Back in my last one year, 2007, I jotted down this little note to myself: “it’s fashionable to hate our place of origin sometimes…as a way of individuation. But I’ll confess, even the worst of homes, much maligned, can simultaneously exist as a peculiar place of solace.”
I wrote regularly about how much I dreamed of quitting my workplace but that by virtue of my habituation there, it had become where I was used to, where I would go when I got into my car unthinking, where I did my best writing, where on some level I had crafted a deep relationship to my creative self, a retreat from the unpleasantries of my life. Surprisingly, my workplace, the site of my own psychodrama was also a twisted key in my artistic life.
And why not? I had been there for almost two decades. I knew everyone and they knew me. While I was over the moon with the chance to break free by retiring early, recreating that same level of refuge has been perplexing because I mistakenly thought I didn’t need a sanctuary anymore. Wasn’t my entire home my haven now? Didn’t anything other than going to my old workplace constitute a life of sanity and calm? As it turned out, no, not really.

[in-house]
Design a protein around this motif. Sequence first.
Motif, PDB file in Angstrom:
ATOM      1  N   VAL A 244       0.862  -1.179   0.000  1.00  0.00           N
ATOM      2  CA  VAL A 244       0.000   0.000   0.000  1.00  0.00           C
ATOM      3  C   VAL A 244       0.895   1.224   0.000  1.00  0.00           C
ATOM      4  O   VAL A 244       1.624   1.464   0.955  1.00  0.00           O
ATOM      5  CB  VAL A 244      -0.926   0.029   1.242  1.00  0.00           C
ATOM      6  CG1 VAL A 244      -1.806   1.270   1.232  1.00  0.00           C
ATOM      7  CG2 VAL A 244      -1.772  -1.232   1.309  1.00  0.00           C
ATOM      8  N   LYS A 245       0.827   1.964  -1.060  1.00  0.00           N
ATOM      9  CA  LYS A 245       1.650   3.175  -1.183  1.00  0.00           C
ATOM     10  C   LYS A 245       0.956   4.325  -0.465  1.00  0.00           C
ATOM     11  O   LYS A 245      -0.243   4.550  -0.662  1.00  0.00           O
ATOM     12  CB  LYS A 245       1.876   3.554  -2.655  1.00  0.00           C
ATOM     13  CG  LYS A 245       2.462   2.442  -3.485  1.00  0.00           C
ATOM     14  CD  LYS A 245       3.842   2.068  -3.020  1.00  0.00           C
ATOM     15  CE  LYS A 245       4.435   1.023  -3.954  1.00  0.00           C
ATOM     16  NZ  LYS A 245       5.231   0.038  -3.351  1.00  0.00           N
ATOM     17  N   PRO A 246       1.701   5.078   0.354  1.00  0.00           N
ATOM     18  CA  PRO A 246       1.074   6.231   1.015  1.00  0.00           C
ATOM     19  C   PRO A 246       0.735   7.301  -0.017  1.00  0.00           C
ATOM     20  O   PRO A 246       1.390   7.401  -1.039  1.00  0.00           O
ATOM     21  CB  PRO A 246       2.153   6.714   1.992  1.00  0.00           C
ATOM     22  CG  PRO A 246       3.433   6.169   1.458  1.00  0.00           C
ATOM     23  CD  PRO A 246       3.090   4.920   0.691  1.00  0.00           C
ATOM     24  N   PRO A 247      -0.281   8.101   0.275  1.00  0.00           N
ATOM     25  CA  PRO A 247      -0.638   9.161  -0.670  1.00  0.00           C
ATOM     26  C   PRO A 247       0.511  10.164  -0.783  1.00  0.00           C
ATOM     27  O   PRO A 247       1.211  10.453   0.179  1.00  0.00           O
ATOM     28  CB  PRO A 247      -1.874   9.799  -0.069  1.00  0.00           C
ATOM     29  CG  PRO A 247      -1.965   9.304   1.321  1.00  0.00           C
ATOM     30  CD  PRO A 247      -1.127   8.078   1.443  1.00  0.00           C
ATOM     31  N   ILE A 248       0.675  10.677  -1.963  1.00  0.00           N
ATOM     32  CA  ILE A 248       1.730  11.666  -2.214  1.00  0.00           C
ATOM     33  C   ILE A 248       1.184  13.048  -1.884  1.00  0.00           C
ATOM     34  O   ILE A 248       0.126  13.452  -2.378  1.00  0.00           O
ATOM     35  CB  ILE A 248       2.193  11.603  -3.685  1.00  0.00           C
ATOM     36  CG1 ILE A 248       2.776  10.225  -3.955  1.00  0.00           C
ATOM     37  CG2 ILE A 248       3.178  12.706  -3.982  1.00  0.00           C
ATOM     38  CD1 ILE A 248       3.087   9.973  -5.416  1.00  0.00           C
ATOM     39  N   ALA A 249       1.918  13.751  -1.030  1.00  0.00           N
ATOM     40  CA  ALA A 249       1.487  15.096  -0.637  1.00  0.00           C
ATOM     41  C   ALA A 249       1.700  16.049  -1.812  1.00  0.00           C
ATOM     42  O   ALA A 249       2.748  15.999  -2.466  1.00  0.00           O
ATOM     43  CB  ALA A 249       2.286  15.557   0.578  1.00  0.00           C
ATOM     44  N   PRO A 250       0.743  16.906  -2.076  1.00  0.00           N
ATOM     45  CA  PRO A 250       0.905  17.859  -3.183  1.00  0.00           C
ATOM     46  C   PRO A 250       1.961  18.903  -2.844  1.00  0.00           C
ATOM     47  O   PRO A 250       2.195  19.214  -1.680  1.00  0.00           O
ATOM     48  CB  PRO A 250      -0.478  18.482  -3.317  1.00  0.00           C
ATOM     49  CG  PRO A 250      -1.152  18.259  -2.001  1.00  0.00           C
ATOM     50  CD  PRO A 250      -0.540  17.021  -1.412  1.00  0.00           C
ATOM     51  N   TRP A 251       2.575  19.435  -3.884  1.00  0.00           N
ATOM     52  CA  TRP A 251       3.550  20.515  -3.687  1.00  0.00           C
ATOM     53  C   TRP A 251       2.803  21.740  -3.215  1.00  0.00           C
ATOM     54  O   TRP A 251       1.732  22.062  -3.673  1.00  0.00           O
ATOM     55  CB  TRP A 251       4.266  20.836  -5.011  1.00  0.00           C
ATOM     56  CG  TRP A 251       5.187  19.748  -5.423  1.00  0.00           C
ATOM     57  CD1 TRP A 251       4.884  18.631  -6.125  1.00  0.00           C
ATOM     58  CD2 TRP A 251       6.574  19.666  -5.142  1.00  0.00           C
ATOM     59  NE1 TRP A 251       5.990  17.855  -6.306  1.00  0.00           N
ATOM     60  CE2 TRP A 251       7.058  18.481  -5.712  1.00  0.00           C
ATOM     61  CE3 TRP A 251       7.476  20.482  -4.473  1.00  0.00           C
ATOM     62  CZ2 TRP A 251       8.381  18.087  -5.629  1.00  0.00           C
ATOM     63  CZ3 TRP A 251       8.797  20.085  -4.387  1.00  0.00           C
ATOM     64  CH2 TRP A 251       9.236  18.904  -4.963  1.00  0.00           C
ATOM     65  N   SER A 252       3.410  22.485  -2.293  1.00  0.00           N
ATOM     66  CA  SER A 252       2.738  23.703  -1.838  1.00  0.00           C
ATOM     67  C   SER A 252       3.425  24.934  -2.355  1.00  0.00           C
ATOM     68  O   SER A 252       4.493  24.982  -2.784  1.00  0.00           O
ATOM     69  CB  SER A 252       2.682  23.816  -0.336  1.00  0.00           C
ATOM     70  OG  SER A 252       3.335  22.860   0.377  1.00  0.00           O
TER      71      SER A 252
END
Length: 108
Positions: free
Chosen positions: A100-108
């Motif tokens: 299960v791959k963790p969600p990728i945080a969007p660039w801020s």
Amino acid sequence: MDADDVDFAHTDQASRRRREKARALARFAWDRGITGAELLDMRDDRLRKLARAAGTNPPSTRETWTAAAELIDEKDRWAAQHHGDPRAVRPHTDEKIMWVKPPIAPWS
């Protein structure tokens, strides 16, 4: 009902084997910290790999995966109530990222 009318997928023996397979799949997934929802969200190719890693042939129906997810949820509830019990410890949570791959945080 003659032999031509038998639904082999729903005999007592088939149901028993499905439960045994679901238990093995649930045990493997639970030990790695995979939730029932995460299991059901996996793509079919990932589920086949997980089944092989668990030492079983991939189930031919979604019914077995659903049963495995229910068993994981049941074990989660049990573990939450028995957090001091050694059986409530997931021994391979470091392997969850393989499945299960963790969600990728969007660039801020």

When change happens, even good change, the best of us try to adapt to new awarenesses, try to move with the flow of recognition. But after the hubbub settles, we still may not really be reconciled to the new order, even if the new normal is better. There still may be work to do to create and/or accept our revised mission. And that work involves giving ourselves the freedom, the permission to continue on the journey…to sort and cast things out…purging as we go.
Funny thing…and I’m not the first one to say this…sometimes endings and beginnings look a lot alike and that’s what October is…a topsy-turvey combination of resolutions and inceptions. May October find you closing and opening doors like a champ. If you can remember it, cast back to October 2007 for pointers.